Thursday, March 26, 2020

What You Must Know If You Want To Tour In Europe | Music Think Tank

Touring European cities like Paris, Barcelona, and Berlin is a performing artist’s dream. Europe’s cultural scene is vibrant and supports up-and-coming musicians. Due to the coronavirus pandemic, however, travel to Europe is currently restricted. Foreign travelers are banned from the EU bloc for 30 days, and France is in near-total lockdown.

Thankfully, governments are hopeful everything should return back to normal by summer, which just happens to be prime music festival season. Sadly, the United Kingdom’s legendary Glastonbury Festival is one of the casualties of the pandemic, canceling its 50th anniversary. Without Glastonbury, there were still be plenty of festivals and shows to play in the coming months as the continent comes back to social life.


Even if you have to wait until the pandemic is over, if your band is planning to travel and tour in Europe, you and your bandmates are in for an unforgettable experience. But first, there are some considerations about touring abroad you should think about and a few practical steps you need to take to make the European gig dream a reality.

Get Your Passport and Visa Ready

If you don’t have a passport, it’s the first thing you should apply for after you read this. Getting a passport takes six to eight weeks. You can always pay an extra $60 to expedite the process, but it won’t rush the process much faster — expedited applications can take two to three weeks. There are better ways you can spend $60, so allow yourself a couple of months to get your passport. You’ll need the time to get other things taken care of.


Then there’s the visa issue. We’re not talking credit cards — a visa gives you permission to enter a country. The European Union does not offer an artist visa. If you’re an American passport holder, you’re golden. You can enter Europe without having to apply for a visa in advance. You’ll be allowed to travel through the “Schengen” region of European countries for 90 days. Once your 90 days are up, you’ll need to exit and can’t return for six months. If you plan on staying longer, you’ll need to apply for a D-type visa, which allows you to stay longer than 90 days.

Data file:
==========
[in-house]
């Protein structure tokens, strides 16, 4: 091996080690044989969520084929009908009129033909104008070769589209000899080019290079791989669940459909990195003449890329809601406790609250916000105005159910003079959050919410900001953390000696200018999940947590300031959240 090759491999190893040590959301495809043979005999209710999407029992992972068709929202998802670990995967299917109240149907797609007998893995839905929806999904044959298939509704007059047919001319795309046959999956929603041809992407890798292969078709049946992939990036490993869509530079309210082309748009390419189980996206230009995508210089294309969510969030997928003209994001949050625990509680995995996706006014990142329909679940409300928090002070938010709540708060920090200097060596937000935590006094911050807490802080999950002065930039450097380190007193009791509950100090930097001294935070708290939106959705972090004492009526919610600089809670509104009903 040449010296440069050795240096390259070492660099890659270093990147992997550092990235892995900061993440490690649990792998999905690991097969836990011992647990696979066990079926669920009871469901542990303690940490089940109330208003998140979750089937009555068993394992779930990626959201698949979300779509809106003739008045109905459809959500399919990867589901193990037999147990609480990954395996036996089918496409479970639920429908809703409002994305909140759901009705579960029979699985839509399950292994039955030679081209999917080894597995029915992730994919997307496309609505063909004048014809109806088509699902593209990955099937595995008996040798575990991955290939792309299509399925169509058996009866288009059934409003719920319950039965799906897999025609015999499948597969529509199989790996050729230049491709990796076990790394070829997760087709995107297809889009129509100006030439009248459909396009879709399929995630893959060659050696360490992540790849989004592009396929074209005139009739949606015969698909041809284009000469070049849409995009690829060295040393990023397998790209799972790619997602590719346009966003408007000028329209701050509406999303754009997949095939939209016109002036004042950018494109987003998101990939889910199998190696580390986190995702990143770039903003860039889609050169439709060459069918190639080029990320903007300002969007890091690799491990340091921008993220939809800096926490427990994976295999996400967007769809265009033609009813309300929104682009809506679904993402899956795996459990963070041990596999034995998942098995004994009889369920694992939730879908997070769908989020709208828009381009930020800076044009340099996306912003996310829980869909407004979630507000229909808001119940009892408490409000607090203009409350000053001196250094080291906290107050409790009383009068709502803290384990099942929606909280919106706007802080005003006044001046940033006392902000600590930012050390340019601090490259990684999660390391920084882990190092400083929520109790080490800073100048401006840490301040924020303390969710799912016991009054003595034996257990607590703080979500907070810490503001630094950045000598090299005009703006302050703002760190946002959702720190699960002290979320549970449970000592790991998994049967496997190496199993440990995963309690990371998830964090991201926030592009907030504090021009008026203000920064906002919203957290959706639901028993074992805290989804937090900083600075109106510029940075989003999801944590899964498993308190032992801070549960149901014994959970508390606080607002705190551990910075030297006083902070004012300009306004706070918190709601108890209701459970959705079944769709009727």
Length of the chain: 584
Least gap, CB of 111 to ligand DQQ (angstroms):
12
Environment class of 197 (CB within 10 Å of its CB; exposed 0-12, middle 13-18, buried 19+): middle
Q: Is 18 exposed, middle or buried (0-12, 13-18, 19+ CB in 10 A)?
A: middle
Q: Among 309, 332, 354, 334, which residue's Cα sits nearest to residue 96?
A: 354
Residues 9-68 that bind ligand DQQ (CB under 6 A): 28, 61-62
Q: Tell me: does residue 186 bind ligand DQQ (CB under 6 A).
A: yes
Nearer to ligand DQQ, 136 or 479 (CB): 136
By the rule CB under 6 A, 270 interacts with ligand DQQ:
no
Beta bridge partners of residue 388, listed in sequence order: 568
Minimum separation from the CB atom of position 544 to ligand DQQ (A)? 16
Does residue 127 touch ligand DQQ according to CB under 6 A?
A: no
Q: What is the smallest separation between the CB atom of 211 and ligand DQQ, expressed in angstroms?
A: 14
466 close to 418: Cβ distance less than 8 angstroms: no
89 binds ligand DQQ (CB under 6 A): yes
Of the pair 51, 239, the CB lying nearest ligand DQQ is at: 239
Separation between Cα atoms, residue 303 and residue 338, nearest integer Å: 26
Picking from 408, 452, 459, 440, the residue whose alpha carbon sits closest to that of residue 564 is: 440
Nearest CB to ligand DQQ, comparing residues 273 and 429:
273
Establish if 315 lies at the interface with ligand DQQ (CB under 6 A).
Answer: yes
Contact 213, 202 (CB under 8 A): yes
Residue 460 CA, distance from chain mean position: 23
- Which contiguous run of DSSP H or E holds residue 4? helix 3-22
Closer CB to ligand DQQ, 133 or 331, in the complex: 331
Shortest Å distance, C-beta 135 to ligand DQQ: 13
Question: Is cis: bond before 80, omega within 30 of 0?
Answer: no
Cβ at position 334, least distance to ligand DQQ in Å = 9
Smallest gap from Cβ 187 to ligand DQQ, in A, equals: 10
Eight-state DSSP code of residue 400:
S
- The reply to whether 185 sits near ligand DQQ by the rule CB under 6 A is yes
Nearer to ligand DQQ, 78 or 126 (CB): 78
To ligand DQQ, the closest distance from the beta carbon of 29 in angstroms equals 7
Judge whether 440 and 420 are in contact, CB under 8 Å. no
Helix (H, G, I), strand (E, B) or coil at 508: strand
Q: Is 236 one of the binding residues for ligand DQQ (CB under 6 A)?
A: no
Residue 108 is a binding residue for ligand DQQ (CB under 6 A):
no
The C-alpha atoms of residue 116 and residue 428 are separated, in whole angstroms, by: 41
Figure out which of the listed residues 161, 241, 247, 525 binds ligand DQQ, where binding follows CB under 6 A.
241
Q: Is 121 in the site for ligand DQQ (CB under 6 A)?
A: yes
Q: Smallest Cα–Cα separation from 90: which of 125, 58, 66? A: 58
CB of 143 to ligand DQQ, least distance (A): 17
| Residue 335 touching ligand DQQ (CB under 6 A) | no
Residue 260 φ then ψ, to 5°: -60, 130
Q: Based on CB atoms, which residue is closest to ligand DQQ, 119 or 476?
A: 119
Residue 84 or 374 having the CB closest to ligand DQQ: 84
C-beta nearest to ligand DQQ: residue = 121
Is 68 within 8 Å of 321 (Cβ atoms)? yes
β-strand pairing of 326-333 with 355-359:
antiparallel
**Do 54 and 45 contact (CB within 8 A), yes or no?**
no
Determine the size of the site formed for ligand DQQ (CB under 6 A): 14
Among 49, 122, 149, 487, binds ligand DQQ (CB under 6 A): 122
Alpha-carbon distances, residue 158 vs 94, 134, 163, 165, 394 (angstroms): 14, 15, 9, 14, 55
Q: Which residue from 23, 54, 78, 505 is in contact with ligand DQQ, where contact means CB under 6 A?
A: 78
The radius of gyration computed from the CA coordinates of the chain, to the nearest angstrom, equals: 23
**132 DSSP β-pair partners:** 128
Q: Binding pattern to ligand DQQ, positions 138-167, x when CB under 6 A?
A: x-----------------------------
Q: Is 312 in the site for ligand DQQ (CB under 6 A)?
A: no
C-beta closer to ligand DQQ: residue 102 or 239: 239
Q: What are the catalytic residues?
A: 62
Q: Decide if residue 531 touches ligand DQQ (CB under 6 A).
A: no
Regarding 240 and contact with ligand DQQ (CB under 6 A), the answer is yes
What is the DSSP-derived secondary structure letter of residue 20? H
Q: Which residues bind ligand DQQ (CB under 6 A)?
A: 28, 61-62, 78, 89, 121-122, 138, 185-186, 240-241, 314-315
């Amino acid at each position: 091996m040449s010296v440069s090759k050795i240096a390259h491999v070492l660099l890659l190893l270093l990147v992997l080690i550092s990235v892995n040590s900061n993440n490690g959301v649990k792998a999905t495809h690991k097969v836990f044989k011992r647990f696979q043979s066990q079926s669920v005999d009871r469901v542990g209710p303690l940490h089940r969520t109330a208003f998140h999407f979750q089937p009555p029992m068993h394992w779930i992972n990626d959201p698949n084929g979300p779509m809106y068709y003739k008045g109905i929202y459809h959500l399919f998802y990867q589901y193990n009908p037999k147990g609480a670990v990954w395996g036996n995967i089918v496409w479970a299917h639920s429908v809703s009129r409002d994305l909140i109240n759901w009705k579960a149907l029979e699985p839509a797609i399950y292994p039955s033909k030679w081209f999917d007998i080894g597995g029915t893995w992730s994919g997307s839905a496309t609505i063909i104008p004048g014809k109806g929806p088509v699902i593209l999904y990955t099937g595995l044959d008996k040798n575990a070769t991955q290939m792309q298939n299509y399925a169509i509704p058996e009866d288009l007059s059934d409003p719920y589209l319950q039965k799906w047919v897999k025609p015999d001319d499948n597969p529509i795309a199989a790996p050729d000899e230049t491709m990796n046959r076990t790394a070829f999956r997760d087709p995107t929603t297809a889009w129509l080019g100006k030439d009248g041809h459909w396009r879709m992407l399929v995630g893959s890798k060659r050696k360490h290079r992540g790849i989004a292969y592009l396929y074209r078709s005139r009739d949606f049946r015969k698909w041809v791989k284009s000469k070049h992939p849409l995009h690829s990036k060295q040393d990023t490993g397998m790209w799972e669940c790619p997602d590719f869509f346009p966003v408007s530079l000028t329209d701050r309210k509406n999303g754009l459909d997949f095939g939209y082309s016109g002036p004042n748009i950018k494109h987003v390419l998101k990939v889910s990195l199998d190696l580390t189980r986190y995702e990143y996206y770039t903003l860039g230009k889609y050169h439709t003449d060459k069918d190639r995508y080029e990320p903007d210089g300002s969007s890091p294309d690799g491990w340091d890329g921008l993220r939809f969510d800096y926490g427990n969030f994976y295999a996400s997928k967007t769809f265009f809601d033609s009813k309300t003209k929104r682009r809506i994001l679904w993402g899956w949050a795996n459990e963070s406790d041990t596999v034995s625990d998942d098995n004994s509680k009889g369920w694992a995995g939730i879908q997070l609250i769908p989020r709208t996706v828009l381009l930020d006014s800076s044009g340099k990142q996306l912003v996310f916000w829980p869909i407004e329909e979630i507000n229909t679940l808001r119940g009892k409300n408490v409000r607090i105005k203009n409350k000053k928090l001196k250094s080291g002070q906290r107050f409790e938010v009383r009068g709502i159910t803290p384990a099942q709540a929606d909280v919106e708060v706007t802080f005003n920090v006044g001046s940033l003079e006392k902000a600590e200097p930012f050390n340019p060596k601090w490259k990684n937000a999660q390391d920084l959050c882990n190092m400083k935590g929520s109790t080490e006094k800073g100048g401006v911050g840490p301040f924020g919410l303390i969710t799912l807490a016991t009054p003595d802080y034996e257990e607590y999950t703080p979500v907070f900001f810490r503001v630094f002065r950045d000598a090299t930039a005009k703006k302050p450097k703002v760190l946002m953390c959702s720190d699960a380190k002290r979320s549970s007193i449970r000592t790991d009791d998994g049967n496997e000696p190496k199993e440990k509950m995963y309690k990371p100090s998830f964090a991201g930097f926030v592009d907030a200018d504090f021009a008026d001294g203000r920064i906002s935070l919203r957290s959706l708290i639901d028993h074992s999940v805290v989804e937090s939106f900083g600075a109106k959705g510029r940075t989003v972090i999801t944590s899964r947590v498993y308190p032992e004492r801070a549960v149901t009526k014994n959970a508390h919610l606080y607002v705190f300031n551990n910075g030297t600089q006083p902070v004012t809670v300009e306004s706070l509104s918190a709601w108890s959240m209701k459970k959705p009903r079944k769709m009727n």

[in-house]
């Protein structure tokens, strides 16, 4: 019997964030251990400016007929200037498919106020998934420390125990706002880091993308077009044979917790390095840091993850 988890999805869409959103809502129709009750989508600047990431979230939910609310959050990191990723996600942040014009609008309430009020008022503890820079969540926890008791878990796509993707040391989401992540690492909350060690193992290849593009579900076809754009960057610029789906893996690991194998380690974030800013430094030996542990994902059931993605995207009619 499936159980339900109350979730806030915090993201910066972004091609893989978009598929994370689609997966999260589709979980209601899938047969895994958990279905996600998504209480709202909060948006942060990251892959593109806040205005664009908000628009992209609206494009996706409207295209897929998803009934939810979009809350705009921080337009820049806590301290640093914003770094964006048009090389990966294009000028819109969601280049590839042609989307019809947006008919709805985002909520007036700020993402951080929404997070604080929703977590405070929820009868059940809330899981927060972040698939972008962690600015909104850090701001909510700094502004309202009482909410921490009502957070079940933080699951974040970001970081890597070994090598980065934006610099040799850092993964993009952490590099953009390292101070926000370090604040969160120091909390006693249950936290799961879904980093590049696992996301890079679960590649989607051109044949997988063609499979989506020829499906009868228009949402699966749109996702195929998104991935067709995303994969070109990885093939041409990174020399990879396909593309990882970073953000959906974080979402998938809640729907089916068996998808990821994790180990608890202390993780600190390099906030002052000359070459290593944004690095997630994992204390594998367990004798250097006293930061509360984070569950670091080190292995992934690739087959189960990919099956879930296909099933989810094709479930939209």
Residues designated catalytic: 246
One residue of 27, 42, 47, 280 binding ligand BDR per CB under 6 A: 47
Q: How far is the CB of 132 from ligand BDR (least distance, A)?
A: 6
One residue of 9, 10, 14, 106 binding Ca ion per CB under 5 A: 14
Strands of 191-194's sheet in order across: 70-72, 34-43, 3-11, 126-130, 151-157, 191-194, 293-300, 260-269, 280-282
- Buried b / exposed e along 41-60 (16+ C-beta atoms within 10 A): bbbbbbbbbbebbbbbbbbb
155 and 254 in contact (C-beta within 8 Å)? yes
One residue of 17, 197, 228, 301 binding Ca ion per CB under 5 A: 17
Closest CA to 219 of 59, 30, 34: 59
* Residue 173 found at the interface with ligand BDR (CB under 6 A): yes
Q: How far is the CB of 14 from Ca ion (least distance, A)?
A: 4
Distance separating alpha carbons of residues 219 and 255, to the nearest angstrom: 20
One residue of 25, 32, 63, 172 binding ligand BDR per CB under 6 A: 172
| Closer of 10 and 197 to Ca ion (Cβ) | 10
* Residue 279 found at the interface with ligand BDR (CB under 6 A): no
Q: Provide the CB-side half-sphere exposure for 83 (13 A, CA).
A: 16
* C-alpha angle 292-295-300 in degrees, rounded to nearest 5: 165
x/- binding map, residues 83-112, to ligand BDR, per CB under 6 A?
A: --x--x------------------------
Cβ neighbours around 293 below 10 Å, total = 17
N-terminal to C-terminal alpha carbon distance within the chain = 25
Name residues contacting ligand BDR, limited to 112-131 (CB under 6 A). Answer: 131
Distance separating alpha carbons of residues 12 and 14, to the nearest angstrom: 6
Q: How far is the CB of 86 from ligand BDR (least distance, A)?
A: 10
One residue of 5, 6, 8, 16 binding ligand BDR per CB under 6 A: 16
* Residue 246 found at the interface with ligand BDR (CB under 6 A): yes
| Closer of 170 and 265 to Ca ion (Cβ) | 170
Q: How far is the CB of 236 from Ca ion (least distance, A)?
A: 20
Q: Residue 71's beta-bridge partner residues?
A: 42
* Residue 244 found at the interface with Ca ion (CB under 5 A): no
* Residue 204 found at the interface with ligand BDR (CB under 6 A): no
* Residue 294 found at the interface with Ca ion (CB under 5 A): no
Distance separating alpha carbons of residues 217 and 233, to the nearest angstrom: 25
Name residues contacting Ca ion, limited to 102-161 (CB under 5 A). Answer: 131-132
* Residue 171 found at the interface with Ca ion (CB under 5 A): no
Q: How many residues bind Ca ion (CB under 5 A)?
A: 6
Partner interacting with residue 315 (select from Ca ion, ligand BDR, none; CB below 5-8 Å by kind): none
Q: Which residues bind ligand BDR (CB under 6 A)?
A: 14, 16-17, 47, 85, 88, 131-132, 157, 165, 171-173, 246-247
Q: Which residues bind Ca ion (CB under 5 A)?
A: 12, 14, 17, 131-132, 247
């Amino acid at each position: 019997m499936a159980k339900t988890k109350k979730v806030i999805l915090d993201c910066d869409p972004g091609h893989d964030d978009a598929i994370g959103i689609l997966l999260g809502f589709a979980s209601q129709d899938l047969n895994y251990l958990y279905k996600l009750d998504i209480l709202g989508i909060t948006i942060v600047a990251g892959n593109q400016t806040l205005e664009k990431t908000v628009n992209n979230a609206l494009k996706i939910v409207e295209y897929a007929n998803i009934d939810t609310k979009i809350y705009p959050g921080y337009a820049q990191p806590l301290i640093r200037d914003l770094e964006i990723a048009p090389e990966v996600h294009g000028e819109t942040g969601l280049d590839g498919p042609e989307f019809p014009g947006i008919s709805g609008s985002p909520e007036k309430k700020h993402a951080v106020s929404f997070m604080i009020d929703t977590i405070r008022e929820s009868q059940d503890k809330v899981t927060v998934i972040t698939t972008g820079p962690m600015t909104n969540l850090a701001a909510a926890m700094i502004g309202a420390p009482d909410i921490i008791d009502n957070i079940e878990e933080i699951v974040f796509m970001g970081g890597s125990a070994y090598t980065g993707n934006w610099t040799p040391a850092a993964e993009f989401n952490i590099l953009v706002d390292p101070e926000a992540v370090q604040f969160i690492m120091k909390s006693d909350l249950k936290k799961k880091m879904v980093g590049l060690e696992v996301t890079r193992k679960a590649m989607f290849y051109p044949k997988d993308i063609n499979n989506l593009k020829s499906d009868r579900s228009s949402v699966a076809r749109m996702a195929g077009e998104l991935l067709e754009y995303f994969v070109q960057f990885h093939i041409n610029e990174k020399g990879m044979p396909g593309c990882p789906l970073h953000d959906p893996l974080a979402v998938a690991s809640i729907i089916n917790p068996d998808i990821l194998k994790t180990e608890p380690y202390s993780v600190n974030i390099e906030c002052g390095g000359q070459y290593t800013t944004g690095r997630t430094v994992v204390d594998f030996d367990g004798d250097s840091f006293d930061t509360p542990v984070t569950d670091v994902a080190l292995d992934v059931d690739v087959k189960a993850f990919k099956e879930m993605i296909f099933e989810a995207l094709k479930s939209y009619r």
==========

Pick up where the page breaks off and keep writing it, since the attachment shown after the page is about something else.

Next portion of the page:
London and the U.K. Are No Longer Part of Europe

Musicians should not miss the United Kingdom while on their European tour. Cities like London, Liverpool, and Belfast should be at the top of the list of destinations to tour. But due to Brexit, the United Kingdom is officially out of the European Union. Keep an eye on new developments as the nation makes changes to its entry policy. This year is one of transition, and the UK has until Dec. 31, 2020, to fully flesh out its policies for its removal from the EU.


Once that happens, you’ll no longer have open access to the United Kingdom as once before — and neither will the airlines. This could lead to an end of the low-cost flights between London and major European cities. Besides uncertainty on how borders will work, the United Kingdom’s currency is the British Pound. Although the U.K. never adopted the Euro, you definitely won’t get any slack if you choose to pay with Euros. The United Kingdom isn’t considered part of Europe for visa purposes, either. You’ll need to apply for a work visa to tour the United Kingdom as a musician.